The language here from Cavendish is no doubt strong, and she is overstating her case if she thinks that instruments and other artifacts are bound to be defective in principle. She would be right to note, however, that many of the instruments of her own time were false informers, at least to some degree. She would also argue that the best sort of artifact is one that incorporates bodies that have a long history of communication and collaboration – that is, artifacts that in large part are not artifacts, but that consist of components that are already productions of nature (Cunning 2016, 185-196). She singles the "perfect natural eye," for example, and she would argue that one of the reasons that it is able to do what it does is because of the complexity and coordination of the smaller bodies that enter into it. If we create an artificial eye, Cavendish thinks, it had better be made up of similar items. In that case, we should also be careful for taking too much credit for our production, if we are relying on work that had already been long underway.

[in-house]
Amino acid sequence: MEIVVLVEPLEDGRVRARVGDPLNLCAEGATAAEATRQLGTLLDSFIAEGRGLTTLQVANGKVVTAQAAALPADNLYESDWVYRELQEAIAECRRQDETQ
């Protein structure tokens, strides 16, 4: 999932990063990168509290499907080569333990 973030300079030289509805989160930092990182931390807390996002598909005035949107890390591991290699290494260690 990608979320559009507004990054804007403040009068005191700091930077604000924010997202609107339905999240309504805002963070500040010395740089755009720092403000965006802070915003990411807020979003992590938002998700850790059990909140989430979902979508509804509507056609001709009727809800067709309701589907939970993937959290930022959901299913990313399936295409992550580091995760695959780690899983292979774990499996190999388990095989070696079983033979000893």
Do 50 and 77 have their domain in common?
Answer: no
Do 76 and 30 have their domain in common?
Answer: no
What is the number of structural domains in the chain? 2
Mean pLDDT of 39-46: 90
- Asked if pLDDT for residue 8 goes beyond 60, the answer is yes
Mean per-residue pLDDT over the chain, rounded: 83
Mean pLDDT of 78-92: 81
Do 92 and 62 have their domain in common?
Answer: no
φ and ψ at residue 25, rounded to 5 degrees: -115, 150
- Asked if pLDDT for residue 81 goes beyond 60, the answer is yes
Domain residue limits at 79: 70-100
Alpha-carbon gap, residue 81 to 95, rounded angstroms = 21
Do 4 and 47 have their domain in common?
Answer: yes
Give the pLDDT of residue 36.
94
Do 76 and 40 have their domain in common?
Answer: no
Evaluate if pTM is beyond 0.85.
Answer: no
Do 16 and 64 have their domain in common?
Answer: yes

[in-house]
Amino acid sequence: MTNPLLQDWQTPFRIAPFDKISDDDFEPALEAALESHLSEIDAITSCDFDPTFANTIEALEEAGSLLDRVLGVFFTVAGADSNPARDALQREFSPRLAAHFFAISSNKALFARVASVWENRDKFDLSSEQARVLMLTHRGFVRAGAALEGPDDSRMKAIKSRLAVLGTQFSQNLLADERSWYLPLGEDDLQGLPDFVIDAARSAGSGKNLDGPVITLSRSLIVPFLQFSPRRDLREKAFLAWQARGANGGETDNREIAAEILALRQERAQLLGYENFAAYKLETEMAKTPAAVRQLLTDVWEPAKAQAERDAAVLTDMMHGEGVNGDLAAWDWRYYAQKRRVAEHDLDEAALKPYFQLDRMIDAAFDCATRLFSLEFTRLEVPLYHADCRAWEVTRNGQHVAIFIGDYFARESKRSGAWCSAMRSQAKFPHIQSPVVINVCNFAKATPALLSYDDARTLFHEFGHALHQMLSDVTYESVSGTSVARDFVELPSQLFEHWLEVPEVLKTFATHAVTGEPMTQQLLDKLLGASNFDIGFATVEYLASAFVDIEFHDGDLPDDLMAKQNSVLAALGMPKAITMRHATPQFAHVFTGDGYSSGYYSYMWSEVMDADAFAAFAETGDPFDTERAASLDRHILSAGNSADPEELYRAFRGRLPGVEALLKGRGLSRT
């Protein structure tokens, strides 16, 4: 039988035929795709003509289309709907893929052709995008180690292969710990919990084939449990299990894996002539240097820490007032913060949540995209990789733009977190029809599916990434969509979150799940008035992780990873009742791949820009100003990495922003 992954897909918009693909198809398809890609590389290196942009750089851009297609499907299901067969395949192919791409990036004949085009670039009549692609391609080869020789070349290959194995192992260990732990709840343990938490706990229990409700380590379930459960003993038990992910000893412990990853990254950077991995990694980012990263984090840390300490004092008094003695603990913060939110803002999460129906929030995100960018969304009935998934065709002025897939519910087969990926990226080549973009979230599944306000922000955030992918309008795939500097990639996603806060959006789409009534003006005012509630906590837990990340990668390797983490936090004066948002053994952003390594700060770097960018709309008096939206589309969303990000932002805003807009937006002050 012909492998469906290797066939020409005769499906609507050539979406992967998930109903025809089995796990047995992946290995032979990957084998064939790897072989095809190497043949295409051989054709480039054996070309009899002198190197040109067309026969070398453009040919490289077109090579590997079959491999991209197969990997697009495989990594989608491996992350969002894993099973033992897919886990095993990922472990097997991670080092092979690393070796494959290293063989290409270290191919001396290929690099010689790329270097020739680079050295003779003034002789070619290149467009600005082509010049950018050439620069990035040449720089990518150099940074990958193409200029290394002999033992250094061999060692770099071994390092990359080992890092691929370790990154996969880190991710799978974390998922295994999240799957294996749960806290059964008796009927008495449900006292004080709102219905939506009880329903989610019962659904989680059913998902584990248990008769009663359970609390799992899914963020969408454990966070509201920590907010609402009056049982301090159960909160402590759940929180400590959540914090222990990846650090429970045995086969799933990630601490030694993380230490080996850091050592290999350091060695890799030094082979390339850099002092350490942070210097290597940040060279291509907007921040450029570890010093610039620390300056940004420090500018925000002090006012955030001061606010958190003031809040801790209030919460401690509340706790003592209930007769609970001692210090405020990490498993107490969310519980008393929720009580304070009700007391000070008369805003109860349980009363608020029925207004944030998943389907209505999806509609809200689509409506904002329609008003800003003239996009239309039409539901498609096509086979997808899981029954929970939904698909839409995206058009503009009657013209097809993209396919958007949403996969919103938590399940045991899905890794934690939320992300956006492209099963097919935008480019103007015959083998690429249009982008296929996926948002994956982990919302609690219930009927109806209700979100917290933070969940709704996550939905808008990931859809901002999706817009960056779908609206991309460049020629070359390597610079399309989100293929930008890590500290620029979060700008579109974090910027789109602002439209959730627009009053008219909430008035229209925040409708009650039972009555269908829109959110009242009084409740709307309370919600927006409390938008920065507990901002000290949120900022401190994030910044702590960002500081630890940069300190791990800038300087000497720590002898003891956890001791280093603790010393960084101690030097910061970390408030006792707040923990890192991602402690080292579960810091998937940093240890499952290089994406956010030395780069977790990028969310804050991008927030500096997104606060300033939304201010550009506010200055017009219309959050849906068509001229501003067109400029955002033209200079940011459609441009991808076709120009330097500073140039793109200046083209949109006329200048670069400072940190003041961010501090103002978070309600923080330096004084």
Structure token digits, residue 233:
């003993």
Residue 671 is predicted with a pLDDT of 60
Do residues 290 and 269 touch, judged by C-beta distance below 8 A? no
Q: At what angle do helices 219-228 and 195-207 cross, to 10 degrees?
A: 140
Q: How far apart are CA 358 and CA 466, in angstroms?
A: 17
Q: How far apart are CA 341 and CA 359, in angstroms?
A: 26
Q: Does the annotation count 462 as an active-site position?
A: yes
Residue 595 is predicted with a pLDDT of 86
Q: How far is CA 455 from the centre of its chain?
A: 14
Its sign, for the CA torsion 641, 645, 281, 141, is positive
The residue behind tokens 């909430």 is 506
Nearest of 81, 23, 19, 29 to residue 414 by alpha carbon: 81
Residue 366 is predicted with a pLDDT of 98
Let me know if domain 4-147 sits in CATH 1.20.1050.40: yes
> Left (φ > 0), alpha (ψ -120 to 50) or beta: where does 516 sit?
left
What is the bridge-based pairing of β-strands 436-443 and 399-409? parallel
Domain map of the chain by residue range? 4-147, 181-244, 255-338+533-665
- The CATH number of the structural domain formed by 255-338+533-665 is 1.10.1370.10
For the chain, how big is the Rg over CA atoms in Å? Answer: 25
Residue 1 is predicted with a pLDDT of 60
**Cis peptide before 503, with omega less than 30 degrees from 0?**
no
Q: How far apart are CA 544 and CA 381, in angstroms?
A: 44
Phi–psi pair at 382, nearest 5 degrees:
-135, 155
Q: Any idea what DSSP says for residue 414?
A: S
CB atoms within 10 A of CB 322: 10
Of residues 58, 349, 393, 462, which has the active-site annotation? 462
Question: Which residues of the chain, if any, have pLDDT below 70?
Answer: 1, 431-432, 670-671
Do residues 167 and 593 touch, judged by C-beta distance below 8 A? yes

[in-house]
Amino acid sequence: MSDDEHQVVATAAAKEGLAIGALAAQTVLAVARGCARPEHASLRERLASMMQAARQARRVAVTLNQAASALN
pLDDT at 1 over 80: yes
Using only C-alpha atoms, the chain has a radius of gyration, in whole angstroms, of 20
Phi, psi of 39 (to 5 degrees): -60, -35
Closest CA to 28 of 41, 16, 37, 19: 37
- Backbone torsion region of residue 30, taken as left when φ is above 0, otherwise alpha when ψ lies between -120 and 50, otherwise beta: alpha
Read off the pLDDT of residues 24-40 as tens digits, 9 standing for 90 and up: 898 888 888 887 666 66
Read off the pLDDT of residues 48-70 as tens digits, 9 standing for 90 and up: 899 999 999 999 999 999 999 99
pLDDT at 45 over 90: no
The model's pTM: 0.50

There are some potential problems with Cavendish's argumentation for the view that matter thinks. For example, her argument that it is inconceivable that minds could move and not be material might seem to contradict another argument that features prominently in her system (and that is considered more fully in section 4): namely, that most of the things that happen in nature are beyond our capacity to understand. In particular, Cavendish will argue that much of what happens in the natural world is incomprehensible to us in the sense that we do not understand why bodies have the brute capacities by which they do all that they do. She considers the example of magnetic attraction, for example, and familiar Humean examples like the ability of certain foods to nourish, and she argues that although we do not understand how or why bodies have the capacities that they do, bodies have them nonetheless. She offers all of these examples in partial defense of her view that matter thinks: we do not understand how it thinks, but that is just a fact about us and what we are in a position to find intelligible. Cavendish accordingly leaves herself open to the objection that although we may not understand how minds could be immaterial and also partake of motion, minds might in fact be immaterial movers. Cavendish might reply to this objection by making a distinction between things that are inconceivable in the (strong) sense that there is a contradiction in our conception of them, and things that are inconceivable in the weaker sense that we lack the cognitive resources to understand them. She might argue that immaterial motion is incoherent in the former sense. An opponent might at the same time propose that our inability to understand how immaterial minds and bodies could interact is no evidence that they do not interact: instead, it is just evidence of our own cognitive limitations. Cavendish would presumably reply that bodily interaction must always involve contact and hence that material-immaterial interaction is incoherent in the strong sense.